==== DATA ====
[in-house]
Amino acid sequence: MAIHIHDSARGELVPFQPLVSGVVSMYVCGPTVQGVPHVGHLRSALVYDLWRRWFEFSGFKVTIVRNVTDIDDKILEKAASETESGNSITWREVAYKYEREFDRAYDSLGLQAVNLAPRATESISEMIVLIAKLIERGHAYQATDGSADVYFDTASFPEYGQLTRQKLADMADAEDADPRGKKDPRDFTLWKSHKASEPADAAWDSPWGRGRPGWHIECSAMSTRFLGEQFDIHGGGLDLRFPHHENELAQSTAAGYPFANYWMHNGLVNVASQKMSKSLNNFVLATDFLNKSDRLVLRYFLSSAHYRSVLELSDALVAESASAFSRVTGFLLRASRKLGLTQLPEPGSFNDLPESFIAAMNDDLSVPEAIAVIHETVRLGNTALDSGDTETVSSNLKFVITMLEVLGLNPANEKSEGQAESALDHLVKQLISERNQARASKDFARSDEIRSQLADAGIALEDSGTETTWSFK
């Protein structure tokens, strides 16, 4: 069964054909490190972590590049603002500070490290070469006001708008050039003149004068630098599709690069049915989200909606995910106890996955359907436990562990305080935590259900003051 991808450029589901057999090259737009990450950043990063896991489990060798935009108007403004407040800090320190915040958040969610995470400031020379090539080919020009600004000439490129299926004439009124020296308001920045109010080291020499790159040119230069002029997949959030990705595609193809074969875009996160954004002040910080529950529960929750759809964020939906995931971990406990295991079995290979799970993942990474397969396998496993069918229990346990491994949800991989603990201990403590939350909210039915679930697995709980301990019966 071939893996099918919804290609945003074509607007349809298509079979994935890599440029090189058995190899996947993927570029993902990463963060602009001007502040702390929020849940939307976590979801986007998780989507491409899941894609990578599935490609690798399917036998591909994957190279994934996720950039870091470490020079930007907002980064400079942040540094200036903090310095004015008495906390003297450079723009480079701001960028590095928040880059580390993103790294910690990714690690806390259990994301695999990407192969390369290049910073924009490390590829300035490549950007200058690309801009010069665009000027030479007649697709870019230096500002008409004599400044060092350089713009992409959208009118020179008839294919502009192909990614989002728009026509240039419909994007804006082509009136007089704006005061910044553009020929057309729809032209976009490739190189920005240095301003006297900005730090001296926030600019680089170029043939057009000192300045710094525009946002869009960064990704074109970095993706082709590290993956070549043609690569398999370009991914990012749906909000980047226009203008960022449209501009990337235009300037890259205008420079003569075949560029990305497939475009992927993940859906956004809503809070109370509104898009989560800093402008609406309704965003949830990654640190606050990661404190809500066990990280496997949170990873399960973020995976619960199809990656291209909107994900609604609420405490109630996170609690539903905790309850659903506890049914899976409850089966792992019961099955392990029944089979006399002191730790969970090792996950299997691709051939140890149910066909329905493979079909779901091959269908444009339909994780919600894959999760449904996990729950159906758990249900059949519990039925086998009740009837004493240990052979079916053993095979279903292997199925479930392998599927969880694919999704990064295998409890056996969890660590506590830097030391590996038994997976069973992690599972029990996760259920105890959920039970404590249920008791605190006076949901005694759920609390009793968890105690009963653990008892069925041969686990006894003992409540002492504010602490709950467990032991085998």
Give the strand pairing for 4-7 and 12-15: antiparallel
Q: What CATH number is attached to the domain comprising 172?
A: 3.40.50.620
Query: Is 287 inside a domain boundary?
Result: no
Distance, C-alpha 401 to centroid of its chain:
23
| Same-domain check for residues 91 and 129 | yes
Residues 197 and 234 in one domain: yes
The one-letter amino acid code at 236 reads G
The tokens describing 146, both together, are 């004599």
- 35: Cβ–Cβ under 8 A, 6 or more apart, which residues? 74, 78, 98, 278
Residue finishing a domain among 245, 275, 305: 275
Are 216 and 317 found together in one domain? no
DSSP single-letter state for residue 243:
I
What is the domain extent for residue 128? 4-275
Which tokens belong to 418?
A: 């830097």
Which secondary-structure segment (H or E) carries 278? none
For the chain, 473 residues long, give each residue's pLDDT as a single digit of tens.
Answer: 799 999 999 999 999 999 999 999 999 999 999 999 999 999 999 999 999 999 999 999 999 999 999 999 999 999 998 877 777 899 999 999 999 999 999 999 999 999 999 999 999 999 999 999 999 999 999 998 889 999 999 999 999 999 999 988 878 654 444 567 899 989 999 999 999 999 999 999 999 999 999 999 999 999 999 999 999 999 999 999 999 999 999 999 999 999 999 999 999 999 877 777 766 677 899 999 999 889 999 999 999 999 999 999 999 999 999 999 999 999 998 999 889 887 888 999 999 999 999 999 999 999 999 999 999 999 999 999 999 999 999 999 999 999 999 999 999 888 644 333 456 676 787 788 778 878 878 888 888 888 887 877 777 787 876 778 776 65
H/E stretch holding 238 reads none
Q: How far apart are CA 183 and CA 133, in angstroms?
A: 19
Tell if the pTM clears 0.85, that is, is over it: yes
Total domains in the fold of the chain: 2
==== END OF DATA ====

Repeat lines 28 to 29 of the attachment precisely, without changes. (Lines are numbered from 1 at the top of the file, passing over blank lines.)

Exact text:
A: 19
Tell if the pTM clears 0.85, that is, is over it: yes